New Orleans Jazz Funerals
Marsalis, Ellis L., Jr., American Visions
Rejoice When You Die is photographer Leo Touchet's documentation of several jazz funerals. The photos were taken from 1968 to 1970 at the funeral processions of clarinetist George Lewis, bassist Alcide "Slowdrag" Pavageau, drummer Paul "T-Boy" Barbarin, and Leon "Nooney-Boy" Shelly, a member of one of the social and pleasure clubs. The time frame is important, for it was in the 1970s that jazz funerals began to change irrevocably from their traditional form. Touchet's photographs show the end of an era.
The photos represent the two main aspects of the traditional jazz funeral: the Somber journey to the gravesite and the exuberant return from it. They are images of a people experiencing and acting out a cultural memory that their ancestors were never allowed to express formally. In viewing them, one can almost hear the melodic strains of old Protestant hymns echoing through neighborhoods of shotgun houses and corner barrooms.
In a traditional jazz funeral, the band meets at the church or funeral parlor where the dismissal services are being conducted. After the service, the band leads the procession slowly through the neighborhood. In a recent film, Jazz Funeral: From the Inside, Milton Batiste, the lead trumpeter in DeJean's Olympia Brass Band, observed that "as the procession heads through the neighborhood, you might see a black wreath hanging on the door where the deceased lived or worked." The mood is, generally somber, and the musical selections are taken from Christian hymns, such as "Free as a Bird" or "Just a Closer Walk With Thee," commonly sung in black Protestant churches. While playing the hymn(s), the musicians indulge in virtually no improvisation.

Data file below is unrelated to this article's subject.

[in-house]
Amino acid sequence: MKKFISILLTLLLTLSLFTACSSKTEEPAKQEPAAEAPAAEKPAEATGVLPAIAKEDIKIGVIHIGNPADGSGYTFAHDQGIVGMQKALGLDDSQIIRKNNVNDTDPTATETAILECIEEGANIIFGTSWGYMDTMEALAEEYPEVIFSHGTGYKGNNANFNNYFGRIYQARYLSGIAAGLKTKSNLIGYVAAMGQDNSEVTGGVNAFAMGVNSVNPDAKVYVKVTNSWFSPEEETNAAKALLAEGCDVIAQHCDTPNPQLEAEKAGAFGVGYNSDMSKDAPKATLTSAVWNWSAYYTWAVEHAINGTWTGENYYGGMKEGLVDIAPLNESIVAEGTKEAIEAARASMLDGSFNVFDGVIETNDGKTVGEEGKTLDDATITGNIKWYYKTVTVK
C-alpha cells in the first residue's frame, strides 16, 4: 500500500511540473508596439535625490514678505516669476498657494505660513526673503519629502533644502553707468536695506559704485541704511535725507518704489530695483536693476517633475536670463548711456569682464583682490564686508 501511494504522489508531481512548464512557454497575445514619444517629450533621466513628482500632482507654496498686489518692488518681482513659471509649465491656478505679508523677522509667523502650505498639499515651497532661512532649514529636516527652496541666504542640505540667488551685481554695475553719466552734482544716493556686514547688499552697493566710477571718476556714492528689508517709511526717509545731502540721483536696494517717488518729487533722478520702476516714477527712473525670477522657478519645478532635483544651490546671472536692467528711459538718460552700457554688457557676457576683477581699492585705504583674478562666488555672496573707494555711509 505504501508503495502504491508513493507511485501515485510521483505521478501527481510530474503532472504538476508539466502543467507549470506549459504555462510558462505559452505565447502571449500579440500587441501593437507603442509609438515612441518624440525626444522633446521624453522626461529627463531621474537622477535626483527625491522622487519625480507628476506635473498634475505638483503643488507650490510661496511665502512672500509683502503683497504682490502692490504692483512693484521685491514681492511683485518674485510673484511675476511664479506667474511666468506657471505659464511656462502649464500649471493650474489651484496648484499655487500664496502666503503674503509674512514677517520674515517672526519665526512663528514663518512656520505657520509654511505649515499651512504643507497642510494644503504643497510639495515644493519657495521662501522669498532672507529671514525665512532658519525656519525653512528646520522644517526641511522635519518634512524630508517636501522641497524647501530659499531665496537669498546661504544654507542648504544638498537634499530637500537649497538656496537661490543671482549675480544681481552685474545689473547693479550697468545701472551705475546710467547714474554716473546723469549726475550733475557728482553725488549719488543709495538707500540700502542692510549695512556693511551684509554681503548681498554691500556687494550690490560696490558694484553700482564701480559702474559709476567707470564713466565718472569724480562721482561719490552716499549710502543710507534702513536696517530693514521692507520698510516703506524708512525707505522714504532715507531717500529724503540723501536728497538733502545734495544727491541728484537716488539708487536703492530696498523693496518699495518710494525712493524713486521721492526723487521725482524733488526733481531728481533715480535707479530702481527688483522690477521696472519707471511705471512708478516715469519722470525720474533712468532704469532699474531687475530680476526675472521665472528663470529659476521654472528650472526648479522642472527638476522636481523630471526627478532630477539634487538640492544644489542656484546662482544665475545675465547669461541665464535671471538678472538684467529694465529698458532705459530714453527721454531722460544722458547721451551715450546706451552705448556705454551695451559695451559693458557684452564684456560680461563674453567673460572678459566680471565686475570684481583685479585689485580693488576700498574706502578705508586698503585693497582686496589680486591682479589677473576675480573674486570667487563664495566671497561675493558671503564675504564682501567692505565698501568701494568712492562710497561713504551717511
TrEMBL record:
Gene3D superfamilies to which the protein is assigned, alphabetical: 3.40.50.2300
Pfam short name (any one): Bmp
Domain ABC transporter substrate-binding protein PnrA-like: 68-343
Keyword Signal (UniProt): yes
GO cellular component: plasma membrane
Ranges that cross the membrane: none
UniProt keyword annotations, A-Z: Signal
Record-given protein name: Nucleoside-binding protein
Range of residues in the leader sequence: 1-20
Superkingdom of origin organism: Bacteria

The distance the band walks today may be only a few blocks, since burial sites are not always within walking distance of the church or funeral parlor. If the cemetery is nearby, the band accompanies the procession to it. When the interment ceremony is completed, the band leads the procession from the gravesite without playing. When a respectful distance from the site has been reached, the lead trumpeter sounds a two-note preparatory riff to alert his fellow musicians. At this point, the drummers begin to play what has become known as the "second line" beat.
The band now sheds its solemnity in favor of music more conducive to lively, even joyous, activity on the part of family, friends and other celebrants -- the group affectionately known as the "second line." Out come umbrellas, many of them elaborately decorated, that seem to be more about styling and profiling than protection from nature's elements.
When a returning brass band is heard in the distance, that sound announces the impending arrival of a public celebration. Those who are willing and able will fall in behind the band, next to the band, between the band members, affecting the body language of a dance, a strut, a "booty bounce" to the music of the second-line beat. …